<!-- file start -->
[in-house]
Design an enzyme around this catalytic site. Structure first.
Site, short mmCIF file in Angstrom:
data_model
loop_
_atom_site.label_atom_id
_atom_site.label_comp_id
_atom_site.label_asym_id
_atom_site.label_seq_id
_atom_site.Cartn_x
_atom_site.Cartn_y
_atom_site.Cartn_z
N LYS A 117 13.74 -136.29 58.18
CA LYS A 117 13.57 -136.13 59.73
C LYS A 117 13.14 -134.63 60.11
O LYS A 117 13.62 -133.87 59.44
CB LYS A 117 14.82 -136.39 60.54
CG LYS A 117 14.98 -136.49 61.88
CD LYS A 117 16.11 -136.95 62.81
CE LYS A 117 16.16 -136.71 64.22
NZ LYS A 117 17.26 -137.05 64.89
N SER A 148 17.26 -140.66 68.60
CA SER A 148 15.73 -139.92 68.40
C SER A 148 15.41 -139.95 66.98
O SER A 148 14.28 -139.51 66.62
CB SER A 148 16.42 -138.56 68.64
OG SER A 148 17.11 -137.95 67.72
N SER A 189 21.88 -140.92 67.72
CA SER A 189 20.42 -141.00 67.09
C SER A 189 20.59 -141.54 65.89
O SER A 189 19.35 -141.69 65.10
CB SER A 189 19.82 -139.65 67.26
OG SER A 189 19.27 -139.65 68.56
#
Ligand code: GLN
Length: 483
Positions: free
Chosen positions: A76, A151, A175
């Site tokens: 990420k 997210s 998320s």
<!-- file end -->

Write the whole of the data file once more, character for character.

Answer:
[in-house]
Design an enzyme around this catalytic site. Structure first.
Site, short mmCIF file in Angstrom:
data_model
loop_
_atom_site.label_atom_id
_atom_site.label_comp_id
_atom_site.label_asym_id
_atom_site.label_seq_id
_atom_site.Cartn_x
_atom_site.Cartn_y
_atom_site.Cartn_z
N LYS A 117 13.74 -136.29 58.18
CA LYS A 117 13.57 -136.13 59.73
C LYS A 117 13.14 -134.63 60.11
O LYS A 117 13.62 -133.87 59.44
CB LYS A 117 14.82 -136.39 60.54
CG LYS A 117 14.98 -136.49 61.88
CD LYS A 117 16.11 -136.95 62.81
CE LYS A 117 16.16 -136.71 64.22
NZ LYS A 117 17.26 -137.05 64.89
N SER A 148 17.26 -140.66 68.60
CA SER A 148 15.73 -139.92 68.40
C SER A 148 15.41 -139.95 66.98
O SER A 148 14.28 -139.51 66.62
CB SER A 148 16.42 -138.56 68.64
OG SER A 148 17.11 -137.95 67.72
N SER A 189 21.88 -140.92 67.72
CA SER A 189 20.42 -141.00 67.09
C SER A 189 20.59 -141.54 65.89
O SER A 189 19.35 -141.69 65.10
CB SER A 189 19.82 -139.65 67.26
OG SER A 189 19.27 -139.65 68.56
#
Ligand code: GLN
Length: 483
Positions: free
Chosen positions: A76, A151, A175
């Site tokens: 990420k 997210s 998320s």